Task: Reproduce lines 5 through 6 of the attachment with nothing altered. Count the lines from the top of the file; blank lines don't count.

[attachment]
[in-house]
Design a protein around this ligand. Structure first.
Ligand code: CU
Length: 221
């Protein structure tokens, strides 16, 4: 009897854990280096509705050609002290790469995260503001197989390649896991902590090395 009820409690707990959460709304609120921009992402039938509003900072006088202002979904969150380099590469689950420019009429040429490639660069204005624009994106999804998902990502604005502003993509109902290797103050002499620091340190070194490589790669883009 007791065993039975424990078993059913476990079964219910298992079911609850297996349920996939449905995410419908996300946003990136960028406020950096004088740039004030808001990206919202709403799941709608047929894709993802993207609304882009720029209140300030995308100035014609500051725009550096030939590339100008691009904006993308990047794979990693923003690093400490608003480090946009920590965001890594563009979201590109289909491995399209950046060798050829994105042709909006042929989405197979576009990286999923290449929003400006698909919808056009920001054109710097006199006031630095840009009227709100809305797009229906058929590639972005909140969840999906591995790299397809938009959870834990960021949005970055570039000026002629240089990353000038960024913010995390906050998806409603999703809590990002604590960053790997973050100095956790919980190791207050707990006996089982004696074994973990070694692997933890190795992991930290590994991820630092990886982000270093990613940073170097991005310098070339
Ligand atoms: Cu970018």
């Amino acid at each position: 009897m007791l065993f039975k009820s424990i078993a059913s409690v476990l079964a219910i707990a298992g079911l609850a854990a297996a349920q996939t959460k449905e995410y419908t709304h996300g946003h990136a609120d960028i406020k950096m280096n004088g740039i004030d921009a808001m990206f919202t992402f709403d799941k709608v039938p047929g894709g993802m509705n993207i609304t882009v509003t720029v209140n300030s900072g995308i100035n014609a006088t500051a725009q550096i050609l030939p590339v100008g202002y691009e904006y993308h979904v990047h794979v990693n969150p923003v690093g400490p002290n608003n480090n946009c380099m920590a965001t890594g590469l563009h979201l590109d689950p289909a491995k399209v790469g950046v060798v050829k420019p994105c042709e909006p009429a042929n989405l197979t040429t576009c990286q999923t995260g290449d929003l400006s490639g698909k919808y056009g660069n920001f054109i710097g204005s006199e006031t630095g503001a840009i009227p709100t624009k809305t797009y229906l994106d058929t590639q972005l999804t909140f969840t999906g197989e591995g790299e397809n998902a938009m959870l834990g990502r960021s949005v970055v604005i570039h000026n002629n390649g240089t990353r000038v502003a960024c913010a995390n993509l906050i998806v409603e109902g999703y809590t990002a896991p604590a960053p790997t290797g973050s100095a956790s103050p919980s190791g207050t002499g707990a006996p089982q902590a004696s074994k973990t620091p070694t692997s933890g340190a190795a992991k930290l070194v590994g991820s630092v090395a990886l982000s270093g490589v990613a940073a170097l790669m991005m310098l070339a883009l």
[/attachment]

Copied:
């Protein structure tokens, strides 16, 4: 009897854990280096509705050609002290790469995260503001197989390649896991902590090395 009820409690707990959460709304609120921009992402039938509003900072006088202002979904969150380099590469689950420019009429040429490639660069204005624009994106999804998902990502604005502003993509109902290797103050002499620091340190070194490589790669883009 007791065993039975424990078993059913476990079964219910298992079911609850297996349920996939449905995410419908996300946003990136960028406020950096004088740039004030808001990206919202709403799941709608047929894709993802993207609304882009720029209140300030995308100035014609500051725009550096030939590339100008691009904006993308990047794979990693923003690093400490608003480090946009920590965001890594563009979201590109289909491995399209950046060798050829994105042709909006042929989405197979576009990286999923290449929003400006698909919808056009920001054109710097006199006031630095840009009227709100809305797009229906058929590639972005909140969840999906591995790299397809938009959870834990960021949005970055570039000026002629240089990353000038960024913010995390906050998806409603999703809590990002604590960053790997973050100095956790919980190791207050707990006996089982004696074994973990070694692997933890190795992991930290590994991820630092990886982000270093990613940073170097991005310098070339
Ligand atoms: Cu970018």